Hi there! Nice little exercise, I'm sorry I wasn't around to catch this when it was hot off the press. Nice color palette and background.
I have a small pile of notes, take 'em or leave 'em (all frame numbers are relative to the download video):
-> His front paw during the anticipation for the jump is boiling around. It doesn't seem to plant firmly like the back feet.
-> Staging is overall very nice, but I might have made the plum more saturated to help it stand out more.
-> You need 1 or 2 breakdowns to ease out of 53f
-> I get what you're trying to do with the hips during the anticipation, but it's popping pretty hard on 69f and especially 63f. A one or two frame ease-out of these drawings should do it.
-> I would have a bit more of a moving hold around 78f (as if he's moving through this pose), it would help separate the anticipation and the leap better.
-> 82f doesn't make sense to me as a drawing. I would have him just barely starting the leap (5-10%) here. Also his tail is awkwardly reversing shape between this and the next frame.
-> This one doesn't really matter because it looks fine to me in motion, but the smear at 85f is slightly shorter than the two on either side. In fact, if you made the smear on 83f slightly longer (personal taste) you could just cut 85f altogether.
-> At the top of the first branch arc, he slows and pivots around a single point in space from 92f-95f before going on and completing the arc. It looks odd broken up like that. You should be easing into your key around 102f through this part.
-> The branch flips sides 101f-102f. It's distracting, because it's the fastest thing moving in a slow part of the shot. Stuff like this happens where you have to flip things around for the sake of flow or staging, but always try to do it in the middle of a fast move. I would have put it somewhere around 90f.
-> 134f-141f is imo the weakest part of the shot. Consider where he just was: If I believe his weight is swinging freely, then his body and tail should be pointing down like an extension of the branch.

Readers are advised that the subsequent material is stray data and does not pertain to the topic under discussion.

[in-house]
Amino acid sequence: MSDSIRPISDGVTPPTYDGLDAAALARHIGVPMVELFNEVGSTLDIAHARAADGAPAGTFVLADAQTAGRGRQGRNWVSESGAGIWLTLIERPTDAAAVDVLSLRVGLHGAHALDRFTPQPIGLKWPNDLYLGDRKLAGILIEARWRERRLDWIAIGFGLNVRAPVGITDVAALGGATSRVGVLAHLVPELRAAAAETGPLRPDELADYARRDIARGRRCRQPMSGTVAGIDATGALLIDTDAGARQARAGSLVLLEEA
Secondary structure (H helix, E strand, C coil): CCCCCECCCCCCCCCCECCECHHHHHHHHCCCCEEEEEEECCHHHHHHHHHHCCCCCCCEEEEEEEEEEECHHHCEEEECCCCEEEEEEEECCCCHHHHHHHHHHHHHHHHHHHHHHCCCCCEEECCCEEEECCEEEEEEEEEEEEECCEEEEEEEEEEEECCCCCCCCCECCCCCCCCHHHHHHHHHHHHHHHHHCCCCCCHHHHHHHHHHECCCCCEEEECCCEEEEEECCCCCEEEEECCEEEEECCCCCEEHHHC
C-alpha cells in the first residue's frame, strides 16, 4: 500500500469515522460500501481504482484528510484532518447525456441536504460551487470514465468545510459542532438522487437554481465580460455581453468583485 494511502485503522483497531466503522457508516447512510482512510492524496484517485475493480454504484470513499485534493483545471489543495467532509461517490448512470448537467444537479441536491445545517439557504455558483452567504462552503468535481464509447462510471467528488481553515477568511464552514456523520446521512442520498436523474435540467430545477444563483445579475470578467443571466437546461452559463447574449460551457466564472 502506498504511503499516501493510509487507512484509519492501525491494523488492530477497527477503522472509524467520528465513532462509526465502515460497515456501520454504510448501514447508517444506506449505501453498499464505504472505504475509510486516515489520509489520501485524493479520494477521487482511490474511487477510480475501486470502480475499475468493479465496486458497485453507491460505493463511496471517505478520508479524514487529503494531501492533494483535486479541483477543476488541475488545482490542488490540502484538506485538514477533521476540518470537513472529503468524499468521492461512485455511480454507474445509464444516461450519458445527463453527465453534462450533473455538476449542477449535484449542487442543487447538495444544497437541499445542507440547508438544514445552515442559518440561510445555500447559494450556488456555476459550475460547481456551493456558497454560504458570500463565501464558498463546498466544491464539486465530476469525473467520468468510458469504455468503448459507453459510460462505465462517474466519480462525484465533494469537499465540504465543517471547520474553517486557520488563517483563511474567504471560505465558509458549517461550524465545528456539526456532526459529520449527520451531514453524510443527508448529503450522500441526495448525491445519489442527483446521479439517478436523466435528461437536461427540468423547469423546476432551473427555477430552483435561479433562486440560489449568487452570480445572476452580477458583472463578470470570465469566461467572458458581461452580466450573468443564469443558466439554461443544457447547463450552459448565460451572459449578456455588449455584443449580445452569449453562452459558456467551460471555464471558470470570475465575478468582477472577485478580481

-> 148f, when he hits the tree, you see a flash of white belly. I understand why you drew it this way, and you absolutely should have a squash frame here, but it should be a pose that doesn't flash when colored in.
-> His front screen-right paw flashes over to his body silhouette on 179f. I would have given it one or two more frames of ease.
-> The ear twitch at the end is cute, but I'm not sure what it's there for. If it's meant to be overlap, it's too big and noisy. If it's meant as a deliberate "oh me" kind of gesture, it's fighting too much with his ease into the final pose, and should be later.
As a side note... love that "melt" off the tree trunk, and his bunch up at the bottom. Feels nice. Looking forward to seeing more from you.
Last edited by Melete; October 21st, 2012 at 08:05 PM.
If you want to learn animation, I recommend Calarts, Sheridan, VFS, Ringling, The Animation Workshop, iAnimate, Animation Mentor, Pixar's animation program, and Gobelins (if you're a prodigy/professional and know French). A good rule of thumb for improving after school is always work in a studio that does work better than what you can currently do - quality commercial houses or training programs in VFX studios. Obviously not all of us can go to Dreamworks or Disney straight out, so pick a couple of stepping-stone studios to develop your craft. I have seen a lot of people flame out after school by going to the first place that will hire them, producing sub-quality work that they can't use on demo reels, and stay there for years and years. If you have enough money not to starve, I think it's a much better use of time to stay unemployed and work on your own stuff to aim higher.
Out of curiosity Sprog... Was Nancy Beiman your teacher for this exercise?
Yep I went to Sheridan, Iven. Nancy teaches story at Sheridan, not animation. Besides, this was pretty much a self directed project with David Quesnelle as the 'mentor'. Some of us went to Nancy for advice...I did not. What about you Melete, if I were to guess I would say that you're in the industry. Where are you working? I'd say theres probably 2-3 percent if not less that will be going to the big studios after graduation for animation. Vis dev maybe the same percentage.
Ah, didn't know Nancy was in story exclusively these days. Guess I should have figured that out from her books.
I've been at a few major studios so far (VFX and feature animation), but I'm between contracts right now. I definitely did not go to a Dreamworks/Disney after graduation... I started the job search during a large downturn in the industry and it was tough to break in. I spent a year unemployed and doing my own stuff before breaking into a VFX house and working up from there. As far as an A-list studio immediately after graduation, I think the 2-3 percent may be an exaggeration. Even amazingly talented people may not land on top for their first gig - I can think of a few who are supervisors on features now who were let go from small time game studios back when they were starting out. There is an element of luck and timing even for the best among us.
Thanks for the FEEDBACk I am just doing exactly that, because no school really wants mee.
I have to much my own style, applying to Sheridan pushed my drawing skills but, I figured
I might wouldn't like it there anyway. I am interested in all classical animation styles, I love the
children animation llike cut out animation.